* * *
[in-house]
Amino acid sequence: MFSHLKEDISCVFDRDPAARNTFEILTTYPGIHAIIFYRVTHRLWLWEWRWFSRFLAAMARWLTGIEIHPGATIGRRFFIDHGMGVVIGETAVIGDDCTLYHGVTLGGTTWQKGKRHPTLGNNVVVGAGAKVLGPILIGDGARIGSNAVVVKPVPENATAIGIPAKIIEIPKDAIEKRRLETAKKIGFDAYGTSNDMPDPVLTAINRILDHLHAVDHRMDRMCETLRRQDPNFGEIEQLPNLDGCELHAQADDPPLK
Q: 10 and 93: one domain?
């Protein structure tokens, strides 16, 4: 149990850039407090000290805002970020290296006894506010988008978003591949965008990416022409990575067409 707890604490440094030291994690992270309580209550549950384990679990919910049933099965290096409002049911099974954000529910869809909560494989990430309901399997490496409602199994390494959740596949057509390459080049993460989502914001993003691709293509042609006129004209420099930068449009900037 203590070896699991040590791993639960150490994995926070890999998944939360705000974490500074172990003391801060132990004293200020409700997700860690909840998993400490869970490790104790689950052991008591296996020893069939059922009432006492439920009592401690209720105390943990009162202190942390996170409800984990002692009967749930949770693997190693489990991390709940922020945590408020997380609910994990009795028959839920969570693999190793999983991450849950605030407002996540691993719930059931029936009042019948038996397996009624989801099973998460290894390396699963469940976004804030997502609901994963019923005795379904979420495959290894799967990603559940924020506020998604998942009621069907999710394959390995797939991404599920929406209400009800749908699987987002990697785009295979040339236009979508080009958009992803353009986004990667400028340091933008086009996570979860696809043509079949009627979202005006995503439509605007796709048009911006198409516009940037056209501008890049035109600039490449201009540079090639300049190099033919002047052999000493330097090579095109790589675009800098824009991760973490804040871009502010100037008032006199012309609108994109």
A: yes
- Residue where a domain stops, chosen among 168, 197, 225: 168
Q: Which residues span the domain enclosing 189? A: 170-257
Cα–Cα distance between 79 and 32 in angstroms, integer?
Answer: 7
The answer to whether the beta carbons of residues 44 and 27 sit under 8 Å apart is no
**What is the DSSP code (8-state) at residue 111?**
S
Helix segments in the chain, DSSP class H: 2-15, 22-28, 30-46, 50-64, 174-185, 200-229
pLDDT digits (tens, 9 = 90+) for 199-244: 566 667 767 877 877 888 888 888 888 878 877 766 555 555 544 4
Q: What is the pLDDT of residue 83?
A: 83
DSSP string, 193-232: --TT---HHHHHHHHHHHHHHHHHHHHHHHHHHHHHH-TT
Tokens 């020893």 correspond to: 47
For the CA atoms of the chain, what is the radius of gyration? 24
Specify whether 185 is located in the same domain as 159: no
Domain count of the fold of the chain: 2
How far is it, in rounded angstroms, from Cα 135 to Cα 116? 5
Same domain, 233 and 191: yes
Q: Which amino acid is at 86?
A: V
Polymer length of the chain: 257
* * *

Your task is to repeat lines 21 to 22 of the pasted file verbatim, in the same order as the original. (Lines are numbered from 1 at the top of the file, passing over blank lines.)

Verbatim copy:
Domain count of the fold of the chain: 2
How far is it, in rounded angstroms, from Cα 135 to Cα 116? 5